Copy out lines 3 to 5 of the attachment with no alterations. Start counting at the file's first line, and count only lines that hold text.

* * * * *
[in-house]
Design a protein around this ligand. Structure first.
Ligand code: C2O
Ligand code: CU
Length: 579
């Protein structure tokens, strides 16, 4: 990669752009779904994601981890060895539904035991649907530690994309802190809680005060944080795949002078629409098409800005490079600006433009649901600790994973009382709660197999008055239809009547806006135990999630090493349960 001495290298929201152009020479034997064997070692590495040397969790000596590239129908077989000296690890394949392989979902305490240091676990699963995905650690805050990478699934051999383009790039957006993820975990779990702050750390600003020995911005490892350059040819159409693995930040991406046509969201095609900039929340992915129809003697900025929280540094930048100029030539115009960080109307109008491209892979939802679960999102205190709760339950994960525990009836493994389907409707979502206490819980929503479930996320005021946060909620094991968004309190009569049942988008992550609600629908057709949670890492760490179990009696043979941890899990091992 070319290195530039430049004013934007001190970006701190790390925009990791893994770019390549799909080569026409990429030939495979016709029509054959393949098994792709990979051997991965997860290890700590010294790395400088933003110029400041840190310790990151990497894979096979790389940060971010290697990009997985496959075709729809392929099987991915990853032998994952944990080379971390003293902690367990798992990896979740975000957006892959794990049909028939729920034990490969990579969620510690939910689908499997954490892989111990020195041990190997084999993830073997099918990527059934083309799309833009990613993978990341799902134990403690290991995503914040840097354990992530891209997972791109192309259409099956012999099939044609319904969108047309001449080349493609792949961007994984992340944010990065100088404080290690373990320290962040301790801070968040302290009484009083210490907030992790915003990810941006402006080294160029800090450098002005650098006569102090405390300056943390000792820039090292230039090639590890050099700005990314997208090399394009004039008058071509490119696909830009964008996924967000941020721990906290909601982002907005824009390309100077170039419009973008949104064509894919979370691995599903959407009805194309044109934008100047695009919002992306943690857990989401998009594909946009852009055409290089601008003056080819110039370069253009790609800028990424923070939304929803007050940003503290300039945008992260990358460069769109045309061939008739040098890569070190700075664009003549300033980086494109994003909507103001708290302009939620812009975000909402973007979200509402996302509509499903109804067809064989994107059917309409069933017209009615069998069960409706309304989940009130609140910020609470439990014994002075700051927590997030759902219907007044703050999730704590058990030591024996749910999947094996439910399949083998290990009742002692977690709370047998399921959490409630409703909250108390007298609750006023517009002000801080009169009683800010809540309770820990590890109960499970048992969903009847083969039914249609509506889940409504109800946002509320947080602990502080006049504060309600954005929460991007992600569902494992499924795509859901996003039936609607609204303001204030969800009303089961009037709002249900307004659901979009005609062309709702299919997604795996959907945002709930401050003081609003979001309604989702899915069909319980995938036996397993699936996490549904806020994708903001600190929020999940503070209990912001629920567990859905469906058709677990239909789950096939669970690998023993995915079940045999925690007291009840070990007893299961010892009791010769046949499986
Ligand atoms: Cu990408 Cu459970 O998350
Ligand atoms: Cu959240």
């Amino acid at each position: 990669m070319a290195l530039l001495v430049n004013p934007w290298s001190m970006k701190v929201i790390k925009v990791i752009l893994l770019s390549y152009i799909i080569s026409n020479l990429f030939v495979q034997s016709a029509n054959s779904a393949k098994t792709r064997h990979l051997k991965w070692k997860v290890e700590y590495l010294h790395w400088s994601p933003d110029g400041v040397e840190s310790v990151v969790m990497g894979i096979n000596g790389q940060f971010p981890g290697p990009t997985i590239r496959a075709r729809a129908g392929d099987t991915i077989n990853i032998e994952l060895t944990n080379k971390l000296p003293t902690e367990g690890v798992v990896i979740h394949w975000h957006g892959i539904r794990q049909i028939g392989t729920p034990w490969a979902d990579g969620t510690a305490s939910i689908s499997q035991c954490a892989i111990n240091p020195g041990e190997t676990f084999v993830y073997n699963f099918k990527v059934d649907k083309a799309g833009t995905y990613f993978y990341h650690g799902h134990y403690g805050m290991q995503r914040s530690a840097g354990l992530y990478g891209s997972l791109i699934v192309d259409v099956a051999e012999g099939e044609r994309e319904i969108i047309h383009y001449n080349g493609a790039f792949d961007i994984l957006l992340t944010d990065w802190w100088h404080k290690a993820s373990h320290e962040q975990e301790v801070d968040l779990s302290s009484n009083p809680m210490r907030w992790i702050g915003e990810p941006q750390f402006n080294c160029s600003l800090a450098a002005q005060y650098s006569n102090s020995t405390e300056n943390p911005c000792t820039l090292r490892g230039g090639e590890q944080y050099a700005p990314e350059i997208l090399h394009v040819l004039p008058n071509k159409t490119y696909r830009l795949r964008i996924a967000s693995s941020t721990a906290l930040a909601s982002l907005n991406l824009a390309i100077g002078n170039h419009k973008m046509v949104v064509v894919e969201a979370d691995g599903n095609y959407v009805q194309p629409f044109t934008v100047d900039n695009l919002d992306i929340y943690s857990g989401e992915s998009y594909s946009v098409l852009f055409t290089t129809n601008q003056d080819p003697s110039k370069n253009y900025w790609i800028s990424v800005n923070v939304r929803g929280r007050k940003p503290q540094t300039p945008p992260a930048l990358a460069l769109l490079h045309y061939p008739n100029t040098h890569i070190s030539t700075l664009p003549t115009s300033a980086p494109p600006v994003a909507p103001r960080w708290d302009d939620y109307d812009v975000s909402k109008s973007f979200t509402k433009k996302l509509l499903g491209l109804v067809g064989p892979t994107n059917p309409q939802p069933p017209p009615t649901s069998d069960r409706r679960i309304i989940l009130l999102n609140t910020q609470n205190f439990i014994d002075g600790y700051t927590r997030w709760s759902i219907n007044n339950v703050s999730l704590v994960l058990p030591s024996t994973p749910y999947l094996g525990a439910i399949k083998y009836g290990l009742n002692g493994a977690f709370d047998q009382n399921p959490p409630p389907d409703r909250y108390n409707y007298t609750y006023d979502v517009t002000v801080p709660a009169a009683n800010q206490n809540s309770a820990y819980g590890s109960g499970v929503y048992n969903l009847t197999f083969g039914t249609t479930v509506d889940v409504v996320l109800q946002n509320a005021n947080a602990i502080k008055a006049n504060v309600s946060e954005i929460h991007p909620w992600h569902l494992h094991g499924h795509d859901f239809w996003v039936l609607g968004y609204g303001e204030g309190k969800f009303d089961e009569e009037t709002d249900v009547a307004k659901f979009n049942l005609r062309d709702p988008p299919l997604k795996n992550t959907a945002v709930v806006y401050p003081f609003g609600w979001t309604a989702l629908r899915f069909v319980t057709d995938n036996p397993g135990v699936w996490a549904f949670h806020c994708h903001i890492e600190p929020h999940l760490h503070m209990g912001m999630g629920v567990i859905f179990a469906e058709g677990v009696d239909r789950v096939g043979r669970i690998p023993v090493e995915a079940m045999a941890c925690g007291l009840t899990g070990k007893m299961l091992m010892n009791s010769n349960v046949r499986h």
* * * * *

Ligand code: C2O
Ligand code: CU
Length: 579